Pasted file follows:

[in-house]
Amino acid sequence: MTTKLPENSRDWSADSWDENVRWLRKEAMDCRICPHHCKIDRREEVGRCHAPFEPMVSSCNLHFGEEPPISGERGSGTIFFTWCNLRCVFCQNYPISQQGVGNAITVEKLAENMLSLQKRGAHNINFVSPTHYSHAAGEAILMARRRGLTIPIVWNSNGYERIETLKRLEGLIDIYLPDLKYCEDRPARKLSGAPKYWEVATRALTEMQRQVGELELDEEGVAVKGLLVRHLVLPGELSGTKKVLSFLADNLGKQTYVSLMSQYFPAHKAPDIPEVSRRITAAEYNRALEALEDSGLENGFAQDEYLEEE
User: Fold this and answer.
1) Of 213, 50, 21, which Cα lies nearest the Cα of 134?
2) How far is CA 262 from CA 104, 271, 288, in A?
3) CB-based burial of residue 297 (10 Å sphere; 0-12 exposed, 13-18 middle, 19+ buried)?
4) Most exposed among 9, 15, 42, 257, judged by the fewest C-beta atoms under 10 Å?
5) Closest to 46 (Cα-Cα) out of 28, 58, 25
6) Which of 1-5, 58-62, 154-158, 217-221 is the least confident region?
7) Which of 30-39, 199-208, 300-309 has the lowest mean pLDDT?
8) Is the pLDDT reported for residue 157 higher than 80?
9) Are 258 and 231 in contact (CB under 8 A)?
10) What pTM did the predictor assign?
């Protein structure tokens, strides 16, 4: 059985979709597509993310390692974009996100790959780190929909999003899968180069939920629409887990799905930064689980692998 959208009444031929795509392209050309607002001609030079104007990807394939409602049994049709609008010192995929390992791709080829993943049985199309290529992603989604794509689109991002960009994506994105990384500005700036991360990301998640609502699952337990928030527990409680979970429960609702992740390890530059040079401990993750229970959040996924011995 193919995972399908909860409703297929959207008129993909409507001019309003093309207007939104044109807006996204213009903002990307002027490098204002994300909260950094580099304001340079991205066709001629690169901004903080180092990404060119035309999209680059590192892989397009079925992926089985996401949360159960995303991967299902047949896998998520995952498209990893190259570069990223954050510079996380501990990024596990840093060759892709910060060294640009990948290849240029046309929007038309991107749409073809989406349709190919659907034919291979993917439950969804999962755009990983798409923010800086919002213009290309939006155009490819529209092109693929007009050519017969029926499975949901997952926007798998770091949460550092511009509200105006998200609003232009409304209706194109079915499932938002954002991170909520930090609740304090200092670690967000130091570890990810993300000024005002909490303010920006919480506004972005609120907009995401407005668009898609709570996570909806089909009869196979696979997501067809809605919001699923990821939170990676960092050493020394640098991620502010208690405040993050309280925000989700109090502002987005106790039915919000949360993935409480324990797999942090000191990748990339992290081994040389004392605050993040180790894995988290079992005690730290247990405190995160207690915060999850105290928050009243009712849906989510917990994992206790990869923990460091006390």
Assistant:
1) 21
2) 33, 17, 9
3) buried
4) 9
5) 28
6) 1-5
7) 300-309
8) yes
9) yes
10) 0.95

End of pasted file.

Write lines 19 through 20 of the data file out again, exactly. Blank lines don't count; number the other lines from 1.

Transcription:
4) 9
5) 28